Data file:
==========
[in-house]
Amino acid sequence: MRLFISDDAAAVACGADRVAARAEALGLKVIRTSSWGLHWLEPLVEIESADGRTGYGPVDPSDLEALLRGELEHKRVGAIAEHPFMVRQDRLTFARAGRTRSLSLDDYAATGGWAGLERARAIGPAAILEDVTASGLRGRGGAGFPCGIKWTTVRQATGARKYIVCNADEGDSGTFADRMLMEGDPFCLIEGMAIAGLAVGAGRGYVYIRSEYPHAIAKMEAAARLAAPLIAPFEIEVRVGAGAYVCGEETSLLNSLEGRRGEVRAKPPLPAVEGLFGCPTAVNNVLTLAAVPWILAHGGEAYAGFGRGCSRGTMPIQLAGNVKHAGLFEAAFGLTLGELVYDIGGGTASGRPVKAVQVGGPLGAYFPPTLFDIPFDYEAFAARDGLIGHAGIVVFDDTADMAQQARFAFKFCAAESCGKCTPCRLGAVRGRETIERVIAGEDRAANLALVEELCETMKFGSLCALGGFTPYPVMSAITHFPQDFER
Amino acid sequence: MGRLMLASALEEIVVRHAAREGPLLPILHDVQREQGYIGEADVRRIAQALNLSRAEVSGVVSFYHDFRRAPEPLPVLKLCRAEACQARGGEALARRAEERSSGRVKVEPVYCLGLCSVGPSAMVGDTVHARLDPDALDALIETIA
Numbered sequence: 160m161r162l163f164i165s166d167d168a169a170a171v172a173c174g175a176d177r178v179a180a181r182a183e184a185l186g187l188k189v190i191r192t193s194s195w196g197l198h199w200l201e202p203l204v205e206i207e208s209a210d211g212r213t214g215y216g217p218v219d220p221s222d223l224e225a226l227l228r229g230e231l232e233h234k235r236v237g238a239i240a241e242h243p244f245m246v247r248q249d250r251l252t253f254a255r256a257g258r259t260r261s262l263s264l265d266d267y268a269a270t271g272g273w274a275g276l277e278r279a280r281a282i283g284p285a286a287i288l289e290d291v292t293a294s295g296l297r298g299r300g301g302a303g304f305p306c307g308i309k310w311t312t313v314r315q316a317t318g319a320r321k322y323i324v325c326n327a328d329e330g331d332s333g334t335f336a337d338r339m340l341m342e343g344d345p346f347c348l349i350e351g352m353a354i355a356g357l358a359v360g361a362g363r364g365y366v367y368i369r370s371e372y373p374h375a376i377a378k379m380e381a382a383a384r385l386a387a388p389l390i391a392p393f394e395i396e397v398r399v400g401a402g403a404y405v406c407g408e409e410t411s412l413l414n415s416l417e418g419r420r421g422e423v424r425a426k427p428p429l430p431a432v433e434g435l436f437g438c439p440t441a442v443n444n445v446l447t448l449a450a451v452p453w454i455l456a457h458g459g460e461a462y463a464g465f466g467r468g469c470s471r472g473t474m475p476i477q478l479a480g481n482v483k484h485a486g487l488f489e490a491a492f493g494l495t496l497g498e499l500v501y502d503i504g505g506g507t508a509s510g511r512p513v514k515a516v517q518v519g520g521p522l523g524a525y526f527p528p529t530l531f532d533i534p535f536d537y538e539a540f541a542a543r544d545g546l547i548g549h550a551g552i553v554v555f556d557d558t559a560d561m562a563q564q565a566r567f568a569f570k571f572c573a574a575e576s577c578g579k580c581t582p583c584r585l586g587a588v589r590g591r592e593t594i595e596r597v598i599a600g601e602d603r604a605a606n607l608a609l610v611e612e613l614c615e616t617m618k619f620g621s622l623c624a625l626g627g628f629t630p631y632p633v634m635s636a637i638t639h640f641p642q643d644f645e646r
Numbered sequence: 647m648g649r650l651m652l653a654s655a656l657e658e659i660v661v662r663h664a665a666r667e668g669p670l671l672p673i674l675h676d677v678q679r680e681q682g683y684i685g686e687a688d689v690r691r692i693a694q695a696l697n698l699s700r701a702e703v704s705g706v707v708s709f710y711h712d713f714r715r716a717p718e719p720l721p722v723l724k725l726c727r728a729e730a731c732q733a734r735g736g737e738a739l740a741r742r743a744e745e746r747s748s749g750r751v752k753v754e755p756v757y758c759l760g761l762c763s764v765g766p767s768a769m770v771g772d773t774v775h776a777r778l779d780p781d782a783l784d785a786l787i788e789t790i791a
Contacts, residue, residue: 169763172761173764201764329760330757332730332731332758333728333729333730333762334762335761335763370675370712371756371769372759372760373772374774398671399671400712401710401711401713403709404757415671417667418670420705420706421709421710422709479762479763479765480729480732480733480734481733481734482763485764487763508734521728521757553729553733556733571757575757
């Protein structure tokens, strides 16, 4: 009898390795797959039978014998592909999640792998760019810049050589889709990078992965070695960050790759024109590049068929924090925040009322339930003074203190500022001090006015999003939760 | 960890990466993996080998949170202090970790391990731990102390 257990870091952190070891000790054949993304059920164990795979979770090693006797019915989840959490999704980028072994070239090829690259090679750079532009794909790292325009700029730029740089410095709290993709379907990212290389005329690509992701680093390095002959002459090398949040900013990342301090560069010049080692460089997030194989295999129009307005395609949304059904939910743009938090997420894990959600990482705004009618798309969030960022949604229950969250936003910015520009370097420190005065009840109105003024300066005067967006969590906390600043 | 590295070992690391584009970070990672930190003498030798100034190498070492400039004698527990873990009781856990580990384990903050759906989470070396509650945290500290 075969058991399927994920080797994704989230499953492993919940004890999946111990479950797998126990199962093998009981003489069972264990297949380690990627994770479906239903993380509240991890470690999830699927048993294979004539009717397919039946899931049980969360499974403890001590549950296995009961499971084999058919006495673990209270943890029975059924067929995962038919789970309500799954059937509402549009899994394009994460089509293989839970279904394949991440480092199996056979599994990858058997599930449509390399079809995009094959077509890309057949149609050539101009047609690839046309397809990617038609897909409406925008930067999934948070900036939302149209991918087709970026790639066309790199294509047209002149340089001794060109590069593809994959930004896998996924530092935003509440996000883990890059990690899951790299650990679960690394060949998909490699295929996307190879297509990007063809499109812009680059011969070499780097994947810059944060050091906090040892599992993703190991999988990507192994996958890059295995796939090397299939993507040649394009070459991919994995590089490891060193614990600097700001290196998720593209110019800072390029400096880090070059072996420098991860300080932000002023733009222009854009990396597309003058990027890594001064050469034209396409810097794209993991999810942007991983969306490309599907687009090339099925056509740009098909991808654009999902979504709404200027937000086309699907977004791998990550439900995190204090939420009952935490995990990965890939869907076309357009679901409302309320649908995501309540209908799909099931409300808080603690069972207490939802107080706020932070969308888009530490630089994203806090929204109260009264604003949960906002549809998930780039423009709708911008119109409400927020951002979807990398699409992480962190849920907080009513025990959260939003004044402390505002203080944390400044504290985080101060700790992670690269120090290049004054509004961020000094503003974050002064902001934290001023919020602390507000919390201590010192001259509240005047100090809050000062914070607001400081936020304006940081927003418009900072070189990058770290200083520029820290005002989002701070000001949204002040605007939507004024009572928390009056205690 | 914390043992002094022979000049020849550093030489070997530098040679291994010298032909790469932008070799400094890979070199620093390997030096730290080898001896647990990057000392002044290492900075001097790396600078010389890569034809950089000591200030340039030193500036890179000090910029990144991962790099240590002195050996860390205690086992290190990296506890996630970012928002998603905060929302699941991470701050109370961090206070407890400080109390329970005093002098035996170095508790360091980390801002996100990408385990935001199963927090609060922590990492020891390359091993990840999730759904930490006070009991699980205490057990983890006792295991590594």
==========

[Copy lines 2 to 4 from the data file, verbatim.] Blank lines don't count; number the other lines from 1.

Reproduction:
Amino acid sequence: MRLFISDDAAAVACGADRVAARAEALGLKVIRTSSWGLHWLEPLVEIESADGRTGYGPVDPSDLEALLRGELEHKRVGAIAEHPFMVRQDRLTFARAGRTRSLSLDDYAATGGWAGLERARAIGPAAILEDVTASGLRGRGGAGFPCGIKWTTVRQATGARKYIVCNADEGDSGTFADRMLMEGDPFCLIEGMAIAGLAVGAGRGYVYIRSEYPHAIAKMEAAARLAAPLIAPFEIEVRVGAGAYVCGEETSLLNSLEGRRGEVRAKPPLPAVEGLFGCPTAVNNVLTLAAVPWILAHGGEAYAGFGRGCSRGTMPIQLAGNVKHAGLFEAAFGLTLGELVYDIGGGTASGRPVKAVQVGGPLGAYFPPTLFDIPFDYEAFAARDGLIGHAGIVVFDDTADMAQQARFAFKFCAAESCGKCTPCRLGAVRGRETIERVIAGEDRAANLALVEELCETMKFGSLCALGGFTPYPVMSAITHFPQDFER
Amino acid sequence: MGRLMLASALEEIVVRHAAREGPLLPILHDVQREQGYIGEADVRRIAQALNLSRAEVSGVVSFYHDFRRAPEPLPVLKLCRAEACQARGGEALARRAEERSSGRVKVEPVYCLGLCSVGPSAMVGDTVHARLDPDALDALIETIA
Numbered sequence: 160m161r162l163f164i165s166d167d168a169a170a171v172a173c174g175a176d177r178v179a180a181r182a183e184a185l186g187l188k189v190i191r192t193s194s195w196g197l198h199w200l201e202p203l204v205e206i207e208s209a210d211g212r213t214g215y216g217p218v219d220p221s222d223l224e225a226l227l228r229g230e231l232e233h234k235r236v237g238a239i240a241e242h243p244f245m246v247r248q249d250r251l252t253f254a255r256a257g258r259t260r261s262l263s264l265d266d267y268a269a270t271g272g273w274a275g276l277e278r279a280r281a282i283g284p285a286a287i288l289e290d291v292t293a294s295g296l297r298g299r300g301g302a303g304f305p306c307g308i309k310w311t312t313v314r315q316a317t318g319a320r321k322y323i324v325c326n327a328d329e330g331d332s333g334t335f336a337d338r339m340l341m342e343g344d345p346f347c348l349i350e351g352m353a354i355a356g357l358a359v360g361a362g363r364g365y366v367y368i369r370s371e372y373p374h375a376i377a378k379m380e381a382a383a384r385l386a387a388p389l390i391a392p393f394e395i396e397v398r399v400g401a402g403a404y405v406c407g408e409e410t411s412l413l414n415s416l417e418g419r420r421g422e423v424r425a426k427p428p429l430p431a432v433e434g435l436f437g438c439p440t441a442v443n444n445v446l447t448l449a450a451v452p453w454i455l456a457h458g459g460e461a462y463a464g465f466g467r468g469c470s471r472g473t474m475p476i477q478l479a480g481n482v483k484h485a486g487l488f489e490a491a492f493g494l495t496l497g498e499l500v501y502d503i504g505g506g507t508a509s510g511r512p513v514k515a516v517q518v519g520g521p522l523g524a525y526f527p528p529t530l531f532d533i534p535f536d537y538e539a540f541a542a543r544d545g546l547i548g549h550a551g552i553v554v555f556d557d558t559a560d561m562a563q564q565a566r567f568a569f570k571f572c573a574a575e576s577c578g579k580c581t582p583c584r585l586g587a588v589r590g591r592e593t594i595e596r597v598i599a600g601e602d603r604a605a606n607l608a609l610v611e612e613l614c615e616t617m618k619f620g621s622l623c624a625l626g627g628f629t630p631y632p633v634m635s636a637i638t639h640f641p642q643d644f645e646r